By mere knowledge that I—the letter with which I refer to myself ordinarily in mundane day-to-day conversations—am a liberated singular being, without a second force to contend, makes me a jivan mukta purusha.
What are the characteristics and qualities of a jivan mukta? The Tattwa Bodha by Sri Adisankaracharyaji gives a clear definition to serve as a guideline for our understanding. We often function with the thought that we are this body. That is the reason we say I am thin, I am fat, I am tall or short. Then we have a certain thought that we are either a man or woman. That knowledge does not fail us and we wake up with it every morning, without a doubt. Not a moment we forget this. We also identify ourselves with our specific caste—a Brahmana, Kshatriya, Vaishya and Shudra. We don’t go to sleep one day being a Kshatriya and wake up being a Vaishya or a Brahmana.
These four names need a little clarification as they are shrouded in much mystery and confusion. A Brahmana is one who is basically a thinker and spends his time in learning, teaching and praying. A Kshatriya is a protector and fierce warrior. A Vaishya is one who does trade, business, farming and animal husbandry. A Shudra is one who works hard and labours putting his full physical energy in the activity at hand.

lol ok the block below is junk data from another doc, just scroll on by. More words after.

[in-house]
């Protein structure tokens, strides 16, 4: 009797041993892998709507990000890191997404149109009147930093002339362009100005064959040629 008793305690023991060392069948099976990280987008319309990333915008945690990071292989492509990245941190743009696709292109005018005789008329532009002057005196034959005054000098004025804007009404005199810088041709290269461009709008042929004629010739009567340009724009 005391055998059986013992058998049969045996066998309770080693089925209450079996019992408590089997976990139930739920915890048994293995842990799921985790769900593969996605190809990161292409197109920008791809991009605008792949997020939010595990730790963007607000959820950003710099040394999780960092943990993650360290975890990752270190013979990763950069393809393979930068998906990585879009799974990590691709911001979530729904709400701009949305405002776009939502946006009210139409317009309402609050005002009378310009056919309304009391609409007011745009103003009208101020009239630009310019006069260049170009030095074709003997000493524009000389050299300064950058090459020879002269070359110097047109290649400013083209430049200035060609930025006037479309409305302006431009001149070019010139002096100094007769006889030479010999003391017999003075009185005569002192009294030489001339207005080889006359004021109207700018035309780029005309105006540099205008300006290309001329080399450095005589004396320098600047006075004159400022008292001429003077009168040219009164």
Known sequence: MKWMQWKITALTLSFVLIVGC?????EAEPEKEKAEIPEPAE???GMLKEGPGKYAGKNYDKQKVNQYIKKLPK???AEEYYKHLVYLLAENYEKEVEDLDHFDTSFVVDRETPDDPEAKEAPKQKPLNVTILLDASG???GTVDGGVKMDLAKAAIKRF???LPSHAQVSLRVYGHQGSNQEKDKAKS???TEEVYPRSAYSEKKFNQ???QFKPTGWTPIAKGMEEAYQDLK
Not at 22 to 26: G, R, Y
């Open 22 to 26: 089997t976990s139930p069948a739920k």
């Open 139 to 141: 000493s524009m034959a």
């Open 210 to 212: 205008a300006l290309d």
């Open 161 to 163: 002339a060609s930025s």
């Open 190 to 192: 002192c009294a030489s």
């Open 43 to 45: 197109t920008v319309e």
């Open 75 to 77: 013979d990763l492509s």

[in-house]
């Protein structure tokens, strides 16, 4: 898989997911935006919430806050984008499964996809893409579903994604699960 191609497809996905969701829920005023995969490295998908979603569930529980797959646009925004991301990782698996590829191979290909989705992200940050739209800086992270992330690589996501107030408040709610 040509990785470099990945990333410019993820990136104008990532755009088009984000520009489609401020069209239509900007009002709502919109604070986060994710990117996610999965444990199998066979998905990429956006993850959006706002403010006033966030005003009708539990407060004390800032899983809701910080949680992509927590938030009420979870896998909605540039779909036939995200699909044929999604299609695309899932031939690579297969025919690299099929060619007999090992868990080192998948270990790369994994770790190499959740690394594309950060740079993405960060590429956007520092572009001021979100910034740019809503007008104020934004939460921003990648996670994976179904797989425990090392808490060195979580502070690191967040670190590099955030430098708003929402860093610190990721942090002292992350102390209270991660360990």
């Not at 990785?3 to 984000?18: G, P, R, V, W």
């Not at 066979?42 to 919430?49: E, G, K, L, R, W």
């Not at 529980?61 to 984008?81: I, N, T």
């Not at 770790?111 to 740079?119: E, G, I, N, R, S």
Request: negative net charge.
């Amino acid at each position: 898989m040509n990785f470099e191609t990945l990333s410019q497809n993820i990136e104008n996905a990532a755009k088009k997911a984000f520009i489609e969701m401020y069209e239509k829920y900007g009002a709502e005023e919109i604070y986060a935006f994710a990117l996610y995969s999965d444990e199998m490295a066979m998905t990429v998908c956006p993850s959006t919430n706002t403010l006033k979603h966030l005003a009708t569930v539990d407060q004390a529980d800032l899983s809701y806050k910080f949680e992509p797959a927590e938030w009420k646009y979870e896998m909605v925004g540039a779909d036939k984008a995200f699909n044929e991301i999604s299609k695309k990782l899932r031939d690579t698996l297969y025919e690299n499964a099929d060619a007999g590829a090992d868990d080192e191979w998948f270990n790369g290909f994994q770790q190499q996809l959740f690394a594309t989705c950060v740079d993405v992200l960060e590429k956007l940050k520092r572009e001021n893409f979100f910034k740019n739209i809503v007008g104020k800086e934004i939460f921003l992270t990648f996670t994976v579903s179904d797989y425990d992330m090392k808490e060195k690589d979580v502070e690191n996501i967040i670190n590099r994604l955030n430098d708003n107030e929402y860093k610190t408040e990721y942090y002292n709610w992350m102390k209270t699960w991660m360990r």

This is a general classification of mankind and not particular only to India. In every part of the world, community and culture, we have these four groups. There is no country on the planet which does not have people who plan and think, people who execute, people who trade and those who serve.
Whatever is the nature of our job, we have a very clear identity with it. A doctor does not forget he is a doctor and an engineer does not think that he is a lawyer. In the same way, with the same strong conviction, the liberated being called the jivan mukta has no doubt in his understanding that he is the all-pervading supreme consciousness. He knows for sure that he is thoroughly unattached to any quality, name, trade, position or relationship.
He knows very clearly and uninterruptedly that he is the one existence, his true nature is consciousness and that consciousness alone is the source of all bliss. That consciousness expresses through himself as the light of knowledge. That consciousness, which is himself, is present in all beings of the nature of conscious space. All this he knows not with a shaky feeling of doubt, but as a clear knowledge like knowing one’s name and gender. The knowledge is certain and interior to his personality. Such is the nature of a jivan mukta.